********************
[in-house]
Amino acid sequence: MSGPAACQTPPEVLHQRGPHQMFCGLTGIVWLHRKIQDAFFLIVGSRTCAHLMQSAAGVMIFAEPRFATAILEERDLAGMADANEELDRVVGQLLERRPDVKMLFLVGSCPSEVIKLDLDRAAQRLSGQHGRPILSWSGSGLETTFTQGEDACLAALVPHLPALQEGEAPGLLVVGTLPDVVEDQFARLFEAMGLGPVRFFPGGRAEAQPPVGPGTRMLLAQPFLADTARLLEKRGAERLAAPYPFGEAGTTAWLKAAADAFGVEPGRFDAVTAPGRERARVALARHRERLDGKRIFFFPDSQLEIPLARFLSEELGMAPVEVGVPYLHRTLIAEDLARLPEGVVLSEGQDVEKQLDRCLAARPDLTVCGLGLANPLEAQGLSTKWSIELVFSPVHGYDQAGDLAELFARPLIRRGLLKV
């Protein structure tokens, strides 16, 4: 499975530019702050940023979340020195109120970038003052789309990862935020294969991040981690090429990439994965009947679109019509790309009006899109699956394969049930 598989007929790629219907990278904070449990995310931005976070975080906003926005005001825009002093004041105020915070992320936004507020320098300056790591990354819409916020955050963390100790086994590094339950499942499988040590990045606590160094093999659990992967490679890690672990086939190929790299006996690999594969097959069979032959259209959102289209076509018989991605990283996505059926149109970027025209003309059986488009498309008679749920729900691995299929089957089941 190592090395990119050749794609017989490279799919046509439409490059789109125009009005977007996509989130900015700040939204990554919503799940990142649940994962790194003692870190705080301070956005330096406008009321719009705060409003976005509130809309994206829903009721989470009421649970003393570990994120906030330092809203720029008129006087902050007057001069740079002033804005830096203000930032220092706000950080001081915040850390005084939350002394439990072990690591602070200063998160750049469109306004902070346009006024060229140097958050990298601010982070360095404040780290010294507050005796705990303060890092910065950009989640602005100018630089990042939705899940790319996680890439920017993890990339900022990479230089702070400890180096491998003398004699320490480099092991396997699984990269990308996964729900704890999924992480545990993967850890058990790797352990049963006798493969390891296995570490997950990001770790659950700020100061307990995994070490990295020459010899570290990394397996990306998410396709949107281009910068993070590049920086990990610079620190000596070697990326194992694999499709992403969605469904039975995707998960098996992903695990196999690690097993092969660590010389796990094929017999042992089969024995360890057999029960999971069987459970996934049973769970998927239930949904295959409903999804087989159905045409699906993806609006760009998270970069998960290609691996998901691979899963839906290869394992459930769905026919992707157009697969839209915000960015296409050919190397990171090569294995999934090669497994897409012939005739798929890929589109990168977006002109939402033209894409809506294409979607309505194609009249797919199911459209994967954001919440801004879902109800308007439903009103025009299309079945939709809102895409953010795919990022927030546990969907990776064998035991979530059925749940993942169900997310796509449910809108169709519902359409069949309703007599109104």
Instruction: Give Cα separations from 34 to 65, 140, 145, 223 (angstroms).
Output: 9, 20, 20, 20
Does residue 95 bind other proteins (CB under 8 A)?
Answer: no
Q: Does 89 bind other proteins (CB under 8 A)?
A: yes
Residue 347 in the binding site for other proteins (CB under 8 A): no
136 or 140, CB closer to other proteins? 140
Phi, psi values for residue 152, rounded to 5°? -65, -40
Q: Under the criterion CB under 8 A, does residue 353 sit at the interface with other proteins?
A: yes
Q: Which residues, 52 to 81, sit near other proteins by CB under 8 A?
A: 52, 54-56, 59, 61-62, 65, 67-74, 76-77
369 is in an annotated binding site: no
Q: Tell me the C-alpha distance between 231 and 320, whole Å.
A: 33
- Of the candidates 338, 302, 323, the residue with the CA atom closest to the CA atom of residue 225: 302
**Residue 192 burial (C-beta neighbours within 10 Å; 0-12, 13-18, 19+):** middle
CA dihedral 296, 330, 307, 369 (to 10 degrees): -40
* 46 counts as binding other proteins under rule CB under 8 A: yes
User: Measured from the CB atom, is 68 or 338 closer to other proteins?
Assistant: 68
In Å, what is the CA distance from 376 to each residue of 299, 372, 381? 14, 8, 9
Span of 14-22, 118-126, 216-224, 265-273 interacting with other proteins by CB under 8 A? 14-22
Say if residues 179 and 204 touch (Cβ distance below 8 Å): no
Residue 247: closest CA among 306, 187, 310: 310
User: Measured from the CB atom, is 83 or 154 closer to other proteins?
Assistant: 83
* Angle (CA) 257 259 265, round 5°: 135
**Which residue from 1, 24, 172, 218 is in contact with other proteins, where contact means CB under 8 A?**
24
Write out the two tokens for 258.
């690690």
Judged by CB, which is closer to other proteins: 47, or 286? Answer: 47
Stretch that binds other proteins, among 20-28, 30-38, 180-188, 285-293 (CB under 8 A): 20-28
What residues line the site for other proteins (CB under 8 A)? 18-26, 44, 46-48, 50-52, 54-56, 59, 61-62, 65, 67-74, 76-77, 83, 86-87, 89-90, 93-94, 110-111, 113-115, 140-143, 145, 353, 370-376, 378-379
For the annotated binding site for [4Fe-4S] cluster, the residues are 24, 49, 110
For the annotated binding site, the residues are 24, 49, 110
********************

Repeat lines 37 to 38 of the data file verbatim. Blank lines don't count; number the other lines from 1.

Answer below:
Judged by CB, which is closer to other proteins: 47, or 286? Answer: 47
Stretch that binds other proteins, among 20-28, 30-38, 180-188, 285-293 (CB under 8 A): 20-28